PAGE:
"This program, ORG-PROGRAM-149728, has been approved for 1 (General ) recertification credit hours toward PHR, SPHR and GPHR recertification through the HR Certification Institute. Please be sure to note the program ID number on your recertification application form. For more information about certification or recertification, please visit the HR Certification Institute website at www.hrci.org."
Overview: Retaining key employees is about to become a hot issue as economies around the world begin to improve. Even though employees have been willing to stick with their current firms for the last few years, their desire for security will soon be replaced with an interest in new opportunities. Although HR will be able to help, most of the retention work will have to be done by managers.
This session will make you aware of the different types of retention problems that managers face, including identifying who is likely to leave and what factors will cause top performers to leave. The webinar will also demonstrate how retention actions become more powerful when they are customized to the needs of targeted teams or individual employees. The seminar leader, noted retention expert Dr. John Sullivan will demonstrate the best practices that allow the very best firms to maintain turnover rates below 4%. Participants will learn a variety of methods that will not only cause top performers and key employees to want to stay, but that will also increase their productivity and their rates of innovation. Throughout the webinar, numerous simple but effective retention tools will be presented so that managers can select the most appropriate methods for their team and company.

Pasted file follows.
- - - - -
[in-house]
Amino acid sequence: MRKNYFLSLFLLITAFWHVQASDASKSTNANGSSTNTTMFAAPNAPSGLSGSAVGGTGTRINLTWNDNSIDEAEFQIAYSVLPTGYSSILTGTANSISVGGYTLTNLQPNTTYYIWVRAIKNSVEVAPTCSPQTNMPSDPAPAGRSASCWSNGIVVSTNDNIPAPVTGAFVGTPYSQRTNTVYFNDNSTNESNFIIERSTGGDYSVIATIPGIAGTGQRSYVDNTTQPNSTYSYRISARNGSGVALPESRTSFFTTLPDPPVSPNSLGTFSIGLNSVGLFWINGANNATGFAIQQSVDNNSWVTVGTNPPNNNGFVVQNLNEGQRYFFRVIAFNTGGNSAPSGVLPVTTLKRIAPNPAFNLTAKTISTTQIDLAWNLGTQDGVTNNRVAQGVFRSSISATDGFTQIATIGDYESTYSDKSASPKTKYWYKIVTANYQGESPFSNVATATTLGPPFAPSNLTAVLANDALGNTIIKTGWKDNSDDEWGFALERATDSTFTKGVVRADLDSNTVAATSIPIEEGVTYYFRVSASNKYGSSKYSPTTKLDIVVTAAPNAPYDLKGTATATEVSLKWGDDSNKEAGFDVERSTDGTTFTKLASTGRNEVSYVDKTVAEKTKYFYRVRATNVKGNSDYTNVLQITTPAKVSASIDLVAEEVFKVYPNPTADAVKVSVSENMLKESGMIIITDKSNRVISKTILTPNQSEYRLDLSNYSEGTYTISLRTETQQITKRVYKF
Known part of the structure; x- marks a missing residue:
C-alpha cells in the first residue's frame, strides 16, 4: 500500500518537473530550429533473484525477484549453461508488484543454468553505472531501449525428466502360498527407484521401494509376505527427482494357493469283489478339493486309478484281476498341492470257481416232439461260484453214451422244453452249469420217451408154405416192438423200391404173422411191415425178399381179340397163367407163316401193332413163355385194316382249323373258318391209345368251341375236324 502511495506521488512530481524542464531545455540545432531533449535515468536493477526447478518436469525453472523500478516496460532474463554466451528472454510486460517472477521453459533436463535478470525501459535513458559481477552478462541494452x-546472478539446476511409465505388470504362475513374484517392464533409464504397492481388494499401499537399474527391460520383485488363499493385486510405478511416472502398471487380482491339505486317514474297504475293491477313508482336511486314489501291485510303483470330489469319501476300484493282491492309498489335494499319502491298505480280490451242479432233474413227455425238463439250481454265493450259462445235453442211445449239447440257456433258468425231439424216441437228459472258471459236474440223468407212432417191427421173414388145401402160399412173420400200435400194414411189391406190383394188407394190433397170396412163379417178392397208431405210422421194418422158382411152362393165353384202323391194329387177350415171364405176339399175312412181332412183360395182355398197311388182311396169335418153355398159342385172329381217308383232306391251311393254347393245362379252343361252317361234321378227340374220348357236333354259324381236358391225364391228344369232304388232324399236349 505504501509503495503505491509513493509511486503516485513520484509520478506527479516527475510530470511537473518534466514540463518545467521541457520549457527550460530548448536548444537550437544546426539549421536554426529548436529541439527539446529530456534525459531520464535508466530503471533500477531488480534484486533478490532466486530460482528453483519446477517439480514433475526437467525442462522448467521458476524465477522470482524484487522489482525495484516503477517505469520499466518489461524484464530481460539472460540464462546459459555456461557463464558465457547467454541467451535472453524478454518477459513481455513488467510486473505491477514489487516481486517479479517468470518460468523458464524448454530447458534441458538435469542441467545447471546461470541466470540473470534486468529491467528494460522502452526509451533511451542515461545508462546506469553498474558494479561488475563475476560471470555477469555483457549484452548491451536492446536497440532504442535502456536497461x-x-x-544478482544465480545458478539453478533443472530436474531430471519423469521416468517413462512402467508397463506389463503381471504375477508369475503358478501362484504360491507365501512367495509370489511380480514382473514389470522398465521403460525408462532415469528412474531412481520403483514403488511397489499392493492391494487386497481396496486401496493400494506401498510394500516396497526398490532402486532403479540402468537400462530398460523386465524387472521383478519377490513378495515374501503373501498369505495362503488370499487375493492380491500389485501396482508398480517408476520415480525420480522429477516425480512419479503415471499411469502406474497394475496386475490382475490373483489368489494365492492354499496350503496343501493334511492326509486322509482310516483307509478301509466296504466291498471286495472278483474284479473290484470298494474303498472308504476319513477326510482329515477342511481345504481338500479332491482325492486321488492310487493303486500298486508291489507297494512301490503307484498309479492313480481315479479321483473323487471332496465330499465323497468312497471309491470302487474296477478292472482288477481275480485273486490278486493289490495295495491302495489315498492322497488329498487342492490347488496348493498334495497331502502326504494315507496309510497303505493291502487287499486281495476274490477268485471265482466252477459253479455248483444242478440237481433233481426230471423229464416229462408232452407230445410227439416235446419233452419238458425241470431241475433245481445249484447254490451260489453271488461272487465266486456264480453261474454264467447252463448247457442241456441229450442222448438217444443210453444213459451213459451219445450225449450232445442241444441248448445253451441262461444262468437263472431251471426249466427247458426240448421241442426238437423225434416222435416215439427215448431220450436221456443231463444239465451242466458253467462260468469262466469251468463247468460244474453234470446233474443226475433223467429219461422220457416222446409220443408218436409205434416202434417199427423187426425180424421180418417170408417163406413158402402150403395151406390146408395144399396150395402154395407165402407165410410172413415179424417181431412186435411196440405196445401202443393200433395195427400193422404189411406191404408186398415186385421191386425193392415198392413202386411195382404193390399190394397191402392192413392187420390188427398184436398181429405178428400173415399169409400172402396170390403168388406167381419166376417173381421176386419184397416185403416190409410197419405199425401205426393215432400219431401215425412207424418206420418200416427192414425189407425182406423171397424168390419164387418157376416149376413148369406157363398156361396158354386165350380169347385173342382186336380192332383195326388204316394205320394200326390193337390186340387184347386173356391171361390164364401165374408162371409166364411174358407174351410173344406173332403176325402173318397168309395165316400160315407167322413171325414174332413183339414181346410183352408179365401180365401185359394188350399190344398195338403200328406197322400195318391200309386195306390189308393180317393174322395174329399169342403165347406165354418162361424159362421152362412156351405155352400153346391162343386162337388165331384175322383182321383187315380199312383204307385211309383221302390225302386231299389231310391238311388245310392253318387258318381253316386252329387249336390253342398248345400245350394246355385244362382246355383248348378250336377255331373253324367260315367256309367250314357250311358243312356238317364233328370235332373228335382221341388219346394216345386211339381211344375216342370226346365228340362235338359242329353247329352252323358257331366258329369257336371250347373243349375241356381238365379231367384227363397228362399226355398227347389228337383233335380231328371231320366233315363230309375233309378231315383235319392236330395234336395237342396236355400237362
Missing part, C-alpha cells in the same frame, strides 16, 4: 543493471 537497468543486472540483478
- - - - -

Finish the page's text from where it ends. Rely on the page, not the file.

Why should you attend: Retention is always a multi-million-dollar issue, however as the economy improves, it's important to recognize that the retention of top talent will become significantly more important but harder to accomplish. Unfortunately, most retention functions and tools have not been updated in years, and because worker expectations have changed dramatically, they are unlikely to have much of an impact until they are updated and modernized. In the same token, managers have become lackadaisical about retention, so their interests and retention skills will also have to be raised.
Employees are now more likely to leave because most are easily visible on LinkedIn and other social media outlets, so they can be easily found by recruiters without any effort on their part. Applying for a job in this age of technology is also now extremely easy and employees that have been forced to stay in their jobs over the last few years because of the down economy will soon begin testing the marketplace.
Areas Covered in the Session: